As a bankruptcy attorney in Asheville NC, a big part of my job is to help clients achieve the best financial outcome possible after they have decided to file a case. Filing for bankruptcy is a tough decision which should only be made after a clear plan for recovery has been established. It may be smart to sell some property, buy some property, delay filing your case, or file your case quickly in order to achieve the best possible outcome.
Pre-Bankruptcy Exemption Planning
Maximizing the exemptions you are entitled to is both permissible and smart under the Bankruptcy Code. I commonly advise clients to delay their bankruptcy case until they qualify to use the North Carolina exemptions (2 years living in NC is the basic standard). Other times, I recommend filing as soon as possible because the federal exemption scheme will protect more of their property. You have a right to decide when to file your case, and it is important to do so. Bankruptcy courts have also held it permissible to sell non-exempt assets and use the cash to purchase other exempt property or to pay bills before filing, like next month’s mortgage or rent payment. Or you could use the money to pay for your bankruptcy case. The bottom line is that simple planning can avoid non-exempt property from being seized by a bankruptcy trustee. Instead, you can invest that same money to help speed up your financial recovery after discharge.
“Pigs Get Fat, Hogs Get Slaughtered”
Excessive conversion of nonexempt property into exempt assets on the eve of filing a bankruptcy case is considered bankruptcy fraud. A pig, like my dog Nacho over there, meanders through life fat and happy without a care in the world. A hog, on the other hand, gets punished for his gluttony by getting slaughtered. When evaluating your exemption planning, a bankruptcy judge will consider the value of the converted assets, when the assets were converted, and if you disclosed the exemption-planning transactions on your petition (they’ll decide whether you were a pig, or a hog). This can be tricky, and is a good reason to hire a qualified bankruptcy attorney to help with your case.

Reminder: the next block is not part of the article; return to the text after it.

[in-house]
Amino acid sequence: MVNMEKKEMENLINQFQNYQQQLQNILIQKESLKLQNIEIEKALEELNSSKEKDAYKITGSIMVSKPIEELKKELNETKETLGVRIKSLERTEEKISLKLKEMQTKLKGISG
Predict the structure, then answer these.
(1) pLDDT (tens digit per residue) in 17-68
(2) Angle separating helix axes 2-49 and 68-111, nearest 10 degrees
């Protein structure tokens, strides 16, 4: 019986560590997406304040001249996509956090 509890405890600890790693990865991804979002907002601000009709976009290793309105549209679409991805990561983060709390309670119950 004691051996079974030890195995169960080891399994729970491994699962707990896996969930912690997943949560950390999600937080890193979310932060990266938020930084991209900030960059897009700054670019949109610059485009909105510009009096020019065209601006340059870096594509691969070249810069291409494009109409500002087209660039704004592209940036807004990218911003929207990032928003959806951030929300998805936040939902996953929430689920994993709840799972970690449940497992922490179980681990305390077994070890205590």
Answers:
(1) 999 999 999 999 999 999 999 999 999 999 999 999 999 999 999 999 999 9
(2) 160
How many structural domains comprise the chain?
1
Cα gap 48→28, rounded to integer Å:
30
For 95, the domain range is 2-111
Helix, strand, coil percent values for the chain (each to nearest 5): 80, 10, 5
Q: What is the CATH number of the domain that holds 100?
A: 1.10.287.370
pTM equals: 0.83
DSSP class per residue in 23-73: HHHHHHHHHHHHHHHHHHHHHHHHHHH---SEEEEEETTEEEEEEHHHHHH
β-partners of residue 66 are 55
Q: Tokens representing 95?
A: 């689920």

Delay Your Filing, Save Your Tax Refund
This time of year, a very simple way to save your tax refund is to spend it before you file. Many people can protect their entire refund using their North Carolina “Wildcard” exemption of $5,000 per spouse. If you are using that particular exemption for other property, however, you can wait to file until after the tax refund gets spent on household necessities. Then, file your bankruptcy case a couple weeks or months later after the refund is gone and is no longer an asset which needs protecting. The timing of your filing is often critical to getting the most out of your case during tax season.
If you would like my thoughts on the best strategy for your financial future, and you live in Western North Carolina, contact me for a free, initial bankruptcy consultation.
*The information contained on this website is not intended and does not constitute the providing of any legal advice or any legal opinions or services to any user thereof. The information available on or through this web page is not intended and shall not be used as a substitute for the advice and consultation provided by an attorney. Any factual examples used to illustrate concepts are hypothetical and do not depict actual events or real persons.